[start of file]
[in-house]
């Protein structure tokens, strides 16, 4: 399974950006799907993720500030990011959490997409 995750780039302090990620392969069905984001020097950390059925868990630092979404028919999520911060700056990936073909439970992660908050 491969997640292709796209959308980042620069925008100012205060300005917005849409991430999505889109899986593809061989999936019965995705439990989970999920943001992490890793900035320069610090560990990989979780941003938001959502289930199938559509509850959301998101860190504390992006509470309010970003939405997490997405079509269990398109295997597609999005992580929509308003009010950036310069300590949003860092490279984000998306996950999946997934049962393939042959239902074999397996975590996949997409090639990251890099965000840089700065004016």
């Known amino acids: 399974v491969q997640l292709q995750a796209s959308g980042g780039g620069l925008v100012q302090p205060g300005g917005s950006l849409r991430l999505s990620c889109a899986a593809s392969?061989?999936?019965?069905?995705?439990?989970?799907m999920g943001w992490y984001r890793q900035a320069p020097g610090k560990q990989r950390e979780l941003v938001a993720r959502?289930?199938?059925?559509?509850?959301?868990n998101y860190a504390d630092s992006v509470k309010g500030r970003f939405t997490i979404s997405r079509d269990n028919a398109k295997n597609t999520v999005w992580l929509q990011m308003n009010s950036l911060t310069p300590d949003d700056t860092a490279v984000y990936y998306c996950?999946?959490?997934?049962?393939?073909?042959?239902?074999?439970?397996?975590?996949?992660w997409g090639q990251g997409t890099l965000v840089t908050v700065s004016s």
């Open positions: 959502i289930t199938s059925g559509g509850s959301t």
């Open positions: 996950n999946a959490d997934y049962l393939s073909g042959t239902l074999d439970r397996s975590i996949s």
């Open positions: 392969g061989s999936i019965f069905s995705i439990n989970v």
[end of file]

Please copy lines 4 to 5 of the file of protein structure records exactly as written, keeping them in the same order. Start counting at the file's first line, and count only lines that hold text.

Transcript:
């Open positions: 959502i289930t199938s059925g559509g509850s959301t």
């Open positions: 996950n999946a959490d997934y049962l393939s073909g042959t239902l074999d439970r397996s975590i996949s």